In our call centre example, we must ask ourselves about the effect of our "guaranteed break" feature on the business itself, on its end customers, and anyone else who might be effected by it. Maybe workers get their breaks, but not withut dropping calls. Or without a drop in sales. All of these perspectives need to be looked at and addressed, even if by addressing it we end up knowingly impacting people in a negative way. Perhaps we can find some other way to compensate them. But at least we're aware.

The third leg of the RDD table - the one that gives it the necessary balance - is Real-world Testing.

Software testing has traditionally been a standalone affair. It's vanishingly rare to see software tested in context. Typically, we test it to see if it conforms to the specification. We might deploy it into a dedicated testing environment, but that environment usually bears little resemblance to the real-world situations in which the software will be used. For that, we release the software into production and cross our fingers. This, as we all know, pisses users off no end, and rapidly eats away at the goodwill we rely on to work together.

Software development does have mechanisms that go back decades for testing in the real world. Alpha and Beta testing, for example, are pretty much exactly that. The problem with that kind of small, controlled release testing is that it usually doesn't have clear goals, and lacks focus as a result. All we're really doing is throwing the software out there to some early adopters and saying "here, waddaya think?" It's missing a key ingredient - real-world testing requires real-world tests.

Going back to our Real-world Goals, in a totally test-driven approach, where every requirement or goal is defined with concrete examples that can become executable tests, we're better off deploying new versions of the software into a real-world(-ish) testing environment that we can control completely, where we can simulate real-world test scenarios in a repeatable and risk-free fashion, as often as we like.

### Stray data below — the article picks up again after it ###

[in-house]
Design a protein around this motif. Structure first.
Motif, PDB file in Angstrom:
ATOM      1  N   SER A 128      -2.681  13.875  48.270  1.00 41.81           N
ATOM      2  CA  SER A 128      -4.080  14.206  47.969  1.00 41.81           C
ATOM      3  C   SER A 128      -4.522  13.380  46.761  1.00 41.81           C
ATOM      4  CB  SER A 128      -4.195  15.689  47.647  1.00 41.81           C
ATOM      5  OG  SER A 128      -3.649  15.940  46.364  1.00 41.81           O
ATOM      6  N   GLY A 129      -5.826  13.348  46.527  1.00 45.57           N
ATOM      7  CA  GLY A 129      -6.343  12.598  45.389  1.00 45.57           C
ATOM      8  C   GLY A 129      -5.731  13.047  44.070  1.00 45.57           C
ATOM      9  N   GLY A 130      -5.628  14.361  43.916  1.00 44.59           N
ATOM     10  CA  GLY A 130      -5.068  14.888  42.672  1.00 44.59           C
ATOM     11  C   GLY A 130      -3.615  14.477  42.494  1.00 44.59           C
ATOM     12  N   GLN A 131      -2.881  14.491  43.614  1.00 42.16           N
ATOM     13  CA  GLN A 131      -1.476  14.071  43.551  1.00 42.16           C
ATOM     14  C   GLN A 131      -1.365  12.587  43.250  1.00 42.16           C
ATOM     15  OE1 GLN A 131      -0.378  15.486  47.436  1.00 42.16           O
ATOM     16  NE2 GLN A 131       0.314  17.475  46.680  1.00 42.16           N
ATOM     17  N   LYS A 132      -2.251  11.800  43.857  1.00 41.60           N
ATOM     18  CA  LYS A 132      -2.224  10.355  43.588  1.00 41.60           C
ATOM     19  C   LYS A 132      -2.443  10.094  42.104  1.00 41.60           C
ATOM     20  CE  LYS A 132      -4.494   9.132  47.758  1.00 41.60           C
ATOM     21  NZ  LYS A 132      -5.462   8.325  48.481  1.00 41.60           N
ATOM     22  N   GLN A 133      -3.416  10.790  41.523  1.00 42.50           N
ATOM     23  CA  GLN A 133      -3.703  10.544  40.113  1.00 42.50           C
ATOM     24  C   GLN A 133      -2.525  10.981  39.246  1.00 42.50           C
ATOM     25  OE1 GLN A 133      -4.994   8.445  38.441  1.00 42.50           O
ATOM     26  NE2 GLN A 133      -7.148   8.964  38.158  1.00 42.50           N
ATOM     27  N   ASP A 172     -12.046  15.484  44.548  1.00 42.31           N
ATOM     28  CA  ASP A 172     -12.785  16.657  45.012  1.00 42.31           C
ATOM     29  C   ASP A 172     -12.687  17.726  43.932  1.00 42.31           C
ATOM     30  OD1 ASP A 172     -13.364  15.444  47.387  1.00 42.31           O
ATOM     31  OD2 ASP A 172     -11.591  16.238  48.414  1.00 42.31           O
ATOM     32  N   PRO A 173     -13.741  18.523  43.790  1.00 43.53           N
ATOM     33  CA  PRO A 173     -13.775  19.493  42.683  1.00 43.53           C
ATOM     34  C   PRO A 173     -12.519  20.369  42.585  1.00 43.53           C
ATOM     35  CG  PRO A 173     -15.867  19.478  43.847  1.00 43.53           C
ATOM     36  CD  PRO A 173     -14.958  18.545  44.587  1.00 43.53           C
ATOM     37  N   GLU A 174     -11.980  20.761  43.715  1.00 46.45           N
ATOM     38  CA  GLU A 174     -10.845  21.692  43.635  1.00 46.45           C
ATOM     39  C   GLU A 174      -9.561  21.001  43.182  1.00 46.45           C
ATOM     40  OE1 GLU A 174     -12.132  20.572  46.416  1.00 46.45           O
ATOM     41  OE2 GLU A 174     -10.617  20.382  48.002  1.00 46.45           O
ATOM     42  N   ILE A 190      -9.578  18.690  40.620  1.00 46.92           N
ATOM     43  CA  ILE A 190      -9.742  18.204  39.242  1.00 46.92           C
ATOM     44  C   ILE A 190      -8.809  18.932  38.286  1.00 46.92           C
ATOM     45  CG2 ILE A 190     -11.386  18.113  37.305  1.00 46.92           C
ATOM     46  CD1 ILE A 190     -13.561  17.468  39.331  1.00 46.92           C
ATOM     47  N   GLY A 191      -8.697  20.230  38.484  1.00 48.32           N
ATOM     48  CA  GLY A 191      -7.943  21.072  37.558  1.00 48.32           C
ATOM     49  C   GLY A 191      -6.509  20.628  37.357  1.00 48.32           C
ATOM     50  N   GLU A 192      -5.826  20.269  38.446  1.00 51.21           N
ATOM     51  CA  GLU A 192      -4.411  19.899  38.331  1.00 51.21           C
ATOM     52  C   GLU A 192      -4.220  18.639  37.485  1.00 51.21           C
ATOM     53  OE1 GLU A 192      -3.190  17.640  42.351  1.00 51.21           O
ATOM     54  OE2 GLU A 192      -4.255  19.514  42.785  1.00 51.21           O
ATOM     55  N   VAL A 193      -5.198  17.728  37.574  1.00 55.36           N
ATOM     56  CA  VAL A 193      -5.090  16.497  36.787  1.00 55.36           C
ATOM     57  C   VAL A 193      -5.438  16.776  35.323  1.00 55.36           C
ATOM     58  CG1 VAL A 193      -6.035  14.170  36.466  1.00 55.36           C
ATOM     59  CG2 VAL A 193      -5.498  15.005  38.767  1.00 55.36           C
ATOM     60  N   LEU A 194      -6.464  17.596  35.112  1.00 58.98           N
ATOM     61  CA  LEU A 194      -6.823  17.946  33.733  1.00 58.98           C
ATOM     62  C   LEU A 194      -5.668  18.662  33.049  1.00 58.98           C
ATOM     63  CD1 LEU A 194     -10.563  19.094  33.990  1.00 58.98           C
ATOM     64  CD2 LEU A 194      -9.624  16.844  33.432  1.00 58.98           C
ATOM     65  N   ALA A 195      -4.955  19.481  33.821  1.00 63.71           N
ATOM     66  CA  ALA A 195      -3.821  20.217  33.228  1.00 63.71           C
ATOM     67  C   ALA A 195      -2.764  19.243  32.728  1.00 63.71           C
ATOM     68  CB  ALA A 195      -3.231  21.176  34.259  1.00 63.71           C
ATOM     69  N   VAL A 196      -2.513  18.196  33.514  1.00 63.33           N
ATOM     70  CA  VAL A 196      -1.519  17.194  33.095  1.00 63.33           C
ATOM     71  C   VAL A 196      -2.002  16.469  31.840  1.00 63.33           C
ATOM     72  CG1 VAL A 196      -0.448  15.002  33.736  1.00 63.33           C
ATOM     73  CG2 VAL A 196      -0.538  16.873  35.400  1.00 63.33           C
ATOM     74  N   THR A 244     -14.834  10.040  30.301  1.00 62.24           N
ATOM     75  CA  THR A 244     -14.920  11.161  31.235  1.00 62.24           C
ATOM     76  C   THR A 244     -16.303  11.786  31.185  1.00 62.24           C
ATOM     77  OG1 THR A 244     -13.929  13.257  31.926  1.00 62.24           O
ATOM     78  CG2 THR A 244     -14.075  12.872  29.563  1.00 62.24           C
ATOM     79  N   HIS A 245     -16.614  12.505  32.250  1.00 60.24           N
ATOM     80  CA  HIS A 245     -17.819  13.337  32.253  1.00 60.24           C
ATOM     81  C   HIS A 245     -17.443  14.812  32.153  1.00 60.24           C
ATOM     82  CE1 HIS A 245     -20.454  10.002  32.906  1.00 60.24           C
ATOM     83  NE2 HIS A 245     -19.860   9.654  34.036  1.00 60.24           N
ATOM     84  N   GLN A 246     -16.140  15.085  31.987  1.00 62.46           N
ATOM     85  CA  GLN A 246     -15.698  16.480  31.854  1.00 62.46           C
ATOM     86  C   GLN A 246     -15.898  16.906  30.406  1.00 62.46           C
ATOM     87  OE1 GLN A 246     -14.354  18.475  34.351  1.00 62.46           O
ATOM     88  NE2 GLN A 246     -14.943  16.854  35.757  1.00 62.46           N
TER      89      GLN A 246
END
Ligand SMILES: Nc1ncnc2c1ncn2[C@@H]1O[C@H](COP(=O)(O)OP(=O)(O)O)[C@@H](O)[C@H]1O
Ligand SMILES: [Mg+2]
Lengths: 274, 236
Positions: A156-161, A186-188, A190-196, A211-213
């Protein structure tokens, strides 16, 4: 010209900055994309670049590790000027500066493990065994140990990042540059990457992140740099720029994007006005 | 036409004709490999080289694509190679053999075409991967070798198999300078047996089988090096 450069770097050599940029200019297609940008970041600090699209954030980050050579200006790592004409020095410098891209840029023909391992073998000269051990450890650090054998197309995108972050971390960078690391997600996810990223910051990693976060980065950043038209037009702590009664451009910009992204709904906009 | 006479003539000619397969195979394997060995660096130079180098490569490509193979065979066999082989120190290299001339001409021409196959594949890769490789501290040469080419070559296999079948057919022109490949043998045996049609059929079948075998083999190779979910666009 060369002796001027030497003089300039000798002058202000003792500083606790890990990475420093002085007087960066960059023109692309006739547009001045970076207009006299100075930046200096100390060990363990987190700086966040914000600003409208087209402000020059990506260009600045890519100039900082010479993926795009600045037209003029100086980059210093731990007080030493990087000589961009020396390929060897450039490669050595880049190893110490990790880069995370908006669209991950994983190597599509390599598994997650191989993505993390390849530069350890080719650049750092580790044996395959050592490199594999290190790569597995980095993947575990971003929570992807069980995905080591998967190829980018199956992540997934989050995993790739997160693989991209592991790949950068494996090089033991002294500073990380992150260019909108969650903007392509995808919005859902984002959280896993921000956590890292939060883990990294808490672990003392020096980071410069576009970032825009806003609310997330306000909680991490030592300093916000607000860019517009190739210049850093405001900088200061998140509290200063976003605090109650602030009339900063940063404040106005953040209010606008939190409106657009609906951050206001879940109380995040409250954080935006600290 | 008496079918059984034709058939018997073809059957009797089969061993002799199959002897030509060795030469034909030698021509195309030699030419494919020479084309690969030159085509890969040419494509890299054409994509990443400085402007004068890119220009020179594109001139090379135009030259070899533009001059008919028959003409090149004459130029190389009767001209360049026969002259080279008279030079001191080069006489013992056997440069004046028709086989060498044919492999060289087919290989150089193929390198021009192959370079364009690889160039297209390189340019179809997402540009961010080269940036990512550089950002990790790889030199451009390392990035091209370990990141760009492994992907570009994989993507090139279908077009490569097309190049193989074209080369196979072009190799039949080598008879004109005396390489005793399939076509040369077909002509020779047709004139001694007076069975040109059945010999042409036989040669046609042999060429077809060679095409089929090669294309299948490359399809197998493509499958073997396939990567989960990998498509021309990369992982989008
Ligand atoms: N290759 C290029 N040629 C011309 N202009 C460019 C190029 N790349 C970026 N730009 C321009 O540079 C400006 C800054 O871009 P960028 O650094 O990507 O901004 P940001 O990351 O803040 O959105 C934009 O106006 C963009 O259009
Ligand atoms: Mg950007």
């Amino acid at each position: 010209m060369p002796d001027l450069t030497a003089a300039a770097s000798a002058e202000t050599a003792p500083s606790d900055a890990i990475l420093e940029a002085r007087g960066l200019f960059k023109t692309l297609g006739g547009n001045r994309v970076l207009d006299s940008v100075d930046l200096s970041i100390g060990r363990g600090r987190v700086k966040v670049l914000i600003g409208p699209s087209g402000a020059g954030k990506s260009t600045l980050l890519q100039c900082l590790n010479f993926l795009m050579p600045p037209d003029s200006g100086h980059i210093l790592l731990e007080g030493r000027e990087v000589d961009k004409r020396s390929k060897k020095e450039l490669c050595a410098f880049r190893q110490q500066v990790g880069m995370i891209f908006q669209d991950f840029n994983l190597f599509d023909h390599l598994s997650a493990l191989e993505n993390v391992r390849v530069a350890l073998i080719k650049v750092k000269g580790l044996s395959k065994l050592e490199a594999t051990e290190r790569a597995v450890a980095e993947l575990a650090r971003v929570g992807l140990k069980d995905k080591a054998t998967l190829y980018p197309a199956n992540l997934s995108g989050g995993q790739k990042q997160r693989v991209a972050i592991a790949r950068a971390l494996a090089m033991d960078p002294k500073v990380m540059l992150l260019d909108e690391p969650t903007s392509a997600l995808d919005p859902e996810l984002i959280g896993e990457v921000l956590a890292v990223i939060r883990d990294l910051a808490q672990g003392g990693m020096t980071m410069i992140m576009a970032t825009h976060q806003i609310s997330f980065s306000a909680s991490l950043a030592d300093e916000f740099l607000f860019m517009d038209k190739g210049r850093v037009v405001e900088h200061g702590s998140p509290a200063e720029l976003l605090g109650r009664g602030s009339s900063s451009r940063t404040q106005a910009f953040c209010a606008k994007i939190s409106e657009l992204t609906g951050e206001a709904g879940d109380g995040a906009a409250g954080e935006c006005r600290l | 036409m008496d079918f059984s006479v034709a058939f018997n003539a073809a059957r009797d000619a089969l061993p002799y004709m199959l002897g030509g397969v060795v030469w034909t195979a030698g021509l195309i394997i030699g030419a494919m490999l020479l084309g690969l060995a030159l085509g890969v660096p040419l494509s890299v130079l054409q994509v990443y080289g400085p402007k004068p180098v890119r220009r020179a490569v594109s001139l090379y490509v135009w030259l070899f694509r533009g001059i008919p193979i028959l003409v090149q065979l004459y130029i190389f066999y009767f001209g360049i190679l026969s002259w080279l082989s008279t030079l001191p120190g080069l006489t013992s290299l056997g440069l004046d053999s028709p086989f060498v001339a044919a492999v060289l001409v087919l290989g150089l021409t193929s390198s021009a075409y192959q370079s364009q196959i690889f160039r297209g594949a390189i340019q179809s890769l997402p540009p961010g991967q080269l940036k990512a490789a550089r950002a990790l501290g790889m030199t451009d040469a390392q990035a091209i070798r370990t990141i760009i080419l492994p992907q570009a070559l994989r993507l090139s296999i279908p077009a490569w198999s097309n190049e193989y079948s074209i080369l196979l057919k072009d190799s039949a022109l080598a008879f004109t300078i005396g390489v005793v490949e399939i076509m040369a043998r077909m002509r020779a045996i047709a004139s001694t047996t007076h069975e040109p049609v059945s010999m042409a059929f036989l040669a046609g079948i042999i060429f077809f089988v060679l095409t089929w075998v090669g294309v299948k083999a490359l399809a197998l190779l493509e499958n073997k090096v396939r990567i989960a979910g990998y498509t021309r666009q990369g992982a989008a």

A call centre scenario like "Janet hasn't taken a break for 1 hour and 57 minutes, there are 3 customers waiting in the queue, they should all be diverted to other operators so Janet can take a 15-minute break. None of the calls should be dropped" can be simulated in what we call a Model Office - a recreation of all or part of the call centre, into which multiple systems under development may be deployed for testing and other purposes.

Our call centre model office simulates the real environment faithfully enough to get meaningful feedback from trying out software in it, and should allow us to trigger scenarios like this over and over again. In particular, model offices enable us to exercise the software in rare edge cases and under unusually high peak loads that Alpha and Beta testing are less likely to throw up. (e.g., what happens if everyone is due a break within the next 5 minutes?)

Unless you're working on flight systems for fighter aircraft or control systems for nuclear power stations, it doesn't cost much to set up a testing environment like this, and the feedback you can get is worth far more.

The final leg of the RDD table is Real-world Iterating.

So we immerse ourselves in the problem, find and agree real-world goals and test our solutions in a controlled simulation of the real world. None of this, even taken together with existing practices like ATDD and Real Options, guarantees that we'll solve the problem - certainly not first time.